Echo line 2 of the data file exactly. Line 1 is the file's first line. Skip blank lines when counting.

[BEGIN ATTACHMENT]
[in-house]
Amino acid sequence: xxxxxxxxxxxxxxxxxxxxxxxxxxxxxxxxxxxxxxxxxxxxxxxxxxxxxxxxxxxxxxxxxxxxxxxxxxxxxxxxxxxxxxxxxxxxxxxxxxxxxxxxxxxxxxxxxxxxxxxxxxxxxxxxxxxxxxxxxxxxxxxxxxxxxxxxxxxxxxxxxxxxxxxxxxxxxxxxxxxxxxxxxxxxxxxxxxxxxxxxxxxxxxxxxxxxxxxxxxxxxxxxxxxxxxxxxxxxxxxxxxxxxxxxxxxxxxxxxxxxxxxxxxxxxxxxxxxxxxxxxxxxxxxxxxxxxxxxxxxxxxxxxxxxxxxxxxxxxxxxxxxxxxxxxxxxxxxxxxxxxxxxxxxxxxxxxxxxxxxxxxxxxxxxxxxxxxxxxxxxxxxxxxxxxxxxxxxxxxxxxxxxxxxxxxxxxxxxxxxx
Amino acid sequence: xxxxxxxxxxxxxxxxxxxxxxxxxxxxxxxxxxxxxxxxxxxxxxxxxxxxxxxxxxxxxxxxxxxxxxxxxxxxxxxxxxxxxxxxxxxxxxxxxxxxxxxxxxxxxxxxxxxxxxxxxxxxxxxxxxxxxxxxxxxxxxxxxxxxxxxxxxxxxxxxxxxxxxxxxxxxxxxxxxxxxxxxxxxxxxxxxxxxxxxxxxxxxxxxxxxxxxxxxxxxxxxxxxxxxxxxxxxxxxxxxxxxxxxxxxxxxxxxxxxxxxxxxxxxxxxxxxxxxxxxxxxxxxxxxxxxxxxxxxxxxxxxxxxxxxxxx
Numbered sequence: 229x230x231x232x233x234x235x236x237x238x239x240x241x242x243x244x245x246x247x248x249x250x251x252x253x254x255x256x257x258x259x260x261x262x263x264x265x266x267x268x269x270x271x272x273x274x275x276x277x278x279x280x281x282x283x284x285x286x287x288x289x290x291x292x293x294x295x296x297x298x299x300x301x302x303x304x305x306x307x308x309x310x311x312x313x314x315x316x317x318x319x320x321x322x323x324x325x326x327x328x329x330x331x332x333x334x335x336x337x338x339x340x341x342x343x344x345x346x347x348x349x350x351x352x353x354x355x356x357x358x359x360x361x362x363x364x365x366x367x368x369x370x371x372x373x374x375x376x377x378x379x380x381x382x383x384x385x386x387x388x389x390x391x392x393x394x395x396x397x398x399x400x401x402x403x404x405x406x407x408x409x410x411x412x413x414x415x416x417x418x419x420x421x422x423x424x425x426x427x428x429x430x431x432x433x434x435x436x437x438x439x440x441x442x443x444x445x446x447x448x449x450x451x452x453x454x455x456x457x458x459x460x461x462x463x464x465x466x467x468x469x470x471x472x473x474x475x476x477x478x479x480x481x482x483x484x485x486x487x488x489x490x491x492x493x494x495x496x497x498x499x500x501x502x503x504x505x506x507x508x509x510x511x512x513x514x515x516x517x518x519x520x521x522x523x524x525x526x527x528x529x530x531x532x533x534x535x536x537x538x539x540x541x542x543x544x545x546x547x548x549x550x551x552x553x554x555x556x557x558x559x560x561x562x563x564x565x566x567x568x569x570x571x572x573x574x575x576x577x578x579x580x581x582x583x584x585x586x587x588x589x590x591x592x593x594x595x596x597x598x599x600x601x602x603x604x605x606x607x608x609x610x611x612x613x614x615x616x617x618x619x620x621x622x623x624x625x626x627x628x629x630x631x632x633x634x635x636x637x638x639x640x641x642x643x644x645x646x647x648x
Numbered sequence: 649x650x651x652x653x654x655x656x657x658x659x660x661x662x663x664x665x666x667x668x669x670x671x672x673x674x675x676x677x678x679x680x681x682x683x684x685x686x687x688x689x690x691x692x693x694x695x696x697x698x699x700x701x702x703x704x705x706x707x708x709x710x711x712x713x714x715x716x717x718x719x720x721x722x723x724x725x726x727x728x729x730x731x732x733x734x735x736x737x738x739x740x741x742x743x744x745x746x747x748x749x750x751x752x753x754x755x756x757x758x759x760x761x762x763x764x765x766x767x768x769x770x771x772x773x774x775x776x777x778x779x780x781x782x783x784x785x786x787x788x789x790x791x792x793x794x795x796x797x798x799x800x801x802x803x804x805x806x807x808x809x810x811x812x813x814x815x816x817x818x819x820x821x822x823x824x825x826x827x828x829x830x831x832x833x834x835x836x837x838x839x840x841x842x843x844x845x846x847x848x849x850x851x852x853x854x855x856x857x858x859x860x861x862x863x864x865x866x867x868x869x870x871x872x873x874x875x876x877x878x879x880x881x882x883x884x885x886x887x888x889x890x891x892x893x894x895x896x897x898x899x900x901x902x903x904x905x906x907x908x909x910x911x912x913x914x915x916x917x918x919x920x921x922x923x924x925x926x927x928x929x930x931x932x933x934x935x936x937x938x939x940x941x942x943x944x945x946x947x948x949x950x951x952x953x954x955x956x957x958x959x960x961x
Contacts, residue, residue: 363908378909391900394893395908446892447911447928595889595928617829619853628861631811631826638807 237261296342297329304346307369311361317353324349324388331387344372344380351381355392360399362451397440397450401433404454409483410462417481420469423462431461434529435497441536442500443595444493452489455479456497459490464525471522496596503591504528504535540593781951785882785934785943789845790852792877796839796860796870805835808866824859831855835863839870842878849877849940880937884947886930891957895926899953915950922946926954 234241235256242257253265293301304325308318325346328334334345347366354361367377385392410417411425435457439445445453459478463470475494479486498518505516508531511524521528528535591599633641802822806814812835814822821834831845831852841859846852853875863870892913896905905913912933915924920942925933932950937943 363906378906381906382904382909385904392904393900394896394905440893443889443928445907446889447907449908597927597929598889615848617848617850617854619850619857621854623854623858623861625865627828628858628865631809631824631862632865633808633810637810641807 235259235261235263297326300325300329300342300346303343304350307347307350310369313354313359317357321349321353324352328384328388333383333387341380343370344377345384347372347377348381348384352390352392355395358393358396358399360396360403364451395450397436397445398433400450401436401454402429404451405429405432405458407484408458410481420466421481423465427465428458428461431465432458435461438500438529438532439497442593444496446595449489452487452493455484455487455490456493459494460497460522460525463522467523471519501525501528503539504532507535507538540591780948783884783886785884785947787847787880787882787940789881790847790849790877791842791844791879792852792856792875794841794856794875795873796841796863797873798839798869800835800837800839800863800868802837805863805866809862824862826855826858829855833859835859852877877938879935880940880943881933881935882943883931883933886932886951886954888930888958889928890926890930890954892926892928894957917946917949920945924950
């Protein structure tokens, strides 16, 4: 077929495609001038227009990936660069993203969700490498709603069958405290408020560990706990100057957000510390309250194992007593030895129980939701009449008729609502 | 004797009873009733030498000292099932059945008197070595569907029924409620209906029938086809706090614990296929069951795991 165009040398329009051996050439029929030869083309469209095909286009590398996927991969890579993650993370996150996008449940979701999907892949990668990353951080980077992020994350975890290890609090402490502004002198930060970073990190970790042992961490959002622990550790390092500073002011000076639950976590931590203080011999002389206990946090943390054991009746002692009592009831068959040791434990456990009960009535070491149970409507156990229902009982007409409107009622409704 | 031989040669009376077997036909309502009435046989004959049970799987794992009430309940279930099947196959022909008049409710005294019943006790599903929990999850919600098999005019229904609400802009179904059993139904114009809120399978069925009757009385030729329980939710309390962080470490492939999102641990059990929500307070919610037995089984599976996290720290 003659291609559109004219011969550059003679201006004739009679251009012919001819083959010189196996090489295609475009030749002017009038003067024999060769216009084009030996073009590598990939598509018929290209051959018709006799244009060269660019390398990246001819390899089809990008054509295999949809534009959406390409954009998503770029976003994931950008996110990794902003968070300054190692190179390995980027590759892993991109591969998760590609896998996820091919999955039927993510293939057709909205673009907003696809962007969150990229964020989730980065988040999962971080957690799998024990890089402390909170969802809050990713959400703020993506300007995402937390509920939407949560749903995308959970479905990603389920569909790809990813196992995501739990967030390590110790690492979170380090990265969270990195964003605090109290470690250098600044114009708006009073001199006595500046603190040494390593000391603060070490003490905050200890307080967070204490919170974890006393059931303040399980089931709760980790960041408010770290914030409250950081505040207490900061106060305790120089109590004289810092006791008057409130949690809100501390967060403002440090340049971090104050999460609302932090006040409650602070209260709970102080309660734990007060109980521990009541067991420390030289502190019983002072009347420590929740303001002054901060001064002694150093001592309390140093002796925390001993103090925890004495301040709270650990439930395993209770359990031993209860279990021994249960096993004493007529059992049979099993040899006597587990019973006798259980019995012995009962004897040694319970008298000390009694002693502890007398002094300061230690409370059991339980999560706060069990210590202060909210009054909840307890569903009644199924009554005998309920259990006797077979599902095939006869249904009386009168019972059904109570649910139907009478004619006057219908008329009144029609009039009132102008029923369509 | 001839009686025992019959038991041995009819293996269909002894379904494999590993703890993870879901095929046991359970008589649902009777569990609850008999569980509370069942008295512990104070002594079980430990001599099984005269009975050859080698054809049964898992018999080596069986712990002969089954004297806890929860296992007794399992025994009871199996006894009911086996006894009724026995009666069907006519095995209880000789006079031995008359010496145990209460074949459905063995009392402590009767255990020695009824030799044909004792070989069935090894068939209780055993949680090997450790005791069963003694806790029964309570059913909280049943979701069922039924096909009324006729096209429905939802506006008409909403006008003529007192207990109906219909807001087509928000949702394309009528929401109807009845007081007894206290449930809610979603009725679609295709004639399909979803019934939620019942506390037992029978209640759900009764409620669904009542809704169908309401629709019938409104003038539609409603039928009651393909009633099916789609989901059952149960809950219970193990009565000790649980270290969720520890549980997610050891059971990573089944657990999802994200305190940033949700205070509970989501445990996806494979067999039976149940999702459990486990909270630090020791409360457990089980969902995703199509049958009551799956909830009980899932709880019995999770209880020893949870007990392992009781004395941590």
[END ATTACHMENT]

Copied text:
Amino acid sequence: xxxxxxxxxxxxxxxxxxxxxxxxxxxxxxxxxxxxxxxxxxxxxxxxxxxxxxxxxxxxxxxxxxxxxxxxxxxxxxxxxxxxxxxxxxxxxxxxxxxxxxxxxxxxxxxxxxxxxxxxxxxxxxxxxxxxxxxxxxxxxxxxxxxxxxxxxxxxxxxxxxxxxxxxxxxxxxxxxxxxxxxxxxxxxxxxxxxxxxxxxxxxxxxxxxxxxxxxxxxxxxxxxxxxxxxxxxxxxxxxxxxxxxxxxxxxxxxxxxxxxxxxxxxxxxxxxxxxxxxxxxxxxxxxxxxxxxxxxxxxxxxxxxxxxxxxxxxxxxxxxxxxxxxxxxxxxxxxxxxxxxxxxxxxxxxxxxxxxxxxxxxxxxxxxxxxxxxxxxxxxxxxxxxxxxxxxxxxxxxxxxxxxxxxxxxxxxxxxxxx